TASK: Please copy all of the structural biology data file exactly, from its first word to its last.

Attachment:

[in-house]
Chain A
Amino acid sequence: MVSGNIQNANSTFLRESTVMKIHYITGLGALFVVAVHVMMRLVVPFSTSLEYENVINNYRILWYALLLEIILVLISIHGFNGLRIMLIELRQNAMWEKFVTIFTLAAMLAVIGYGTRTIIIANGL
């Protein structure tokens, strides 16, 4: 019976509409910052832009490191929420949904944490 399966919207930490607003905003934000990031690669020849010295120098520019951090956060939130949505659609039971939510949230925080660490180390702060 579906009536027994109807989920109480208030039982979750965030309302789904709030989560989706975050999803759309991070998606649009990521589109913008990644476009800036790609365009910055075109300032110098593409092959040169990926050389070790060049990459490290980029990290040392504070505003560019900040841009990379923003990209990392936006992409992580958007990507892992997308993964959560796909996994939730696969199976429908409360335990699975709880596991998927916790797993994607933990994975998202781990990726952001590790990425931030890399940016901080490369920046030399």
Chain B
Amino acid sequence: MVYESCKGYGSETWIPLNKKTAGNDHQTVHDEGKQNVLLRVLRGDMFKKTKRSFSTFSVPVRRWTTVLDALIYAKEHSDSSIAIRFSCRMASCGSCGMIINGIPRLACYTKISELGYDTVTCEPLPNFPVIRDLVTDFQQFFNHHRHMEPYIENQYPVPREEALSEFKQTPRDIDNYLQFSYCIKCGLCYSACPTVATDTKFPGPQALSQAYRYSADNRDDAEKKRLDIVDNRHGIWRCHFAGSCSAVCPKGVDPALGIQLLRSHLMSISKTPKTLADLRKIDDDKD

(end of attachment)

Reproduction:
[in-house]
Chain A
Amino acid sequence: MVSGNIQNANSTFLRESTVMKIHYITGLGALFVVAVHVMMRLVVPFSTSLEYENVINNYRILWYALLLEIILVLISIHGFNGLRIMLIELRQNAMWEKFVTIFTLAAMLAVIGYGTRTIIIANGL
């Protein structure tokens, strides 16, 4: 019976509409910052832009490191929420949904944490 399966919207930490607003905003934000990031690669020849010295120098520019951090956060939130949505659609039971939510949230925080660490180390702060 579906009536027994109807989920109480208030039982979750965030309302789904709030989560989706975050999803759309991070998606649009990521589109913008990644476009800036790609365009910055075109300032110098593409092959040169990926050389070790060049990459490290980029990290040392504070505003560019900040841009990379923003990209990392936006992409992580958007990507892992997308993964959560796909996994939730696969199976429908409360335990699975709880596991998927916790797993994607933990994975998202781990990726952001590790990425931030890399940016901080490369920046030399």
Chain B
Amino acid sequence: MVYESCKGYGSETWIPLNKKTAGNDHQTVHDEGKQNVLLRVLRGDMFKKTKRSFSTFSVPVRRWTTVLDALIYAKEHSDSSIAIRFSCRMASCGSCGMIINGIPRLACYTKISELGYDTVTCEPLPNFPVIRDLVTDFQQFFNHHRHMEPYIENQYPVPREEALSEFKQTPRDIDNYLQFSYCIKCGLCYSACPTVATDTKFPGPQALSQAYRYSADNRDDAEKKRLDIVDNRHGIWRCHFAGSCSAVCPKGVDPALGIQLLRSHLMSISKTPKTLADLRKIDDDKD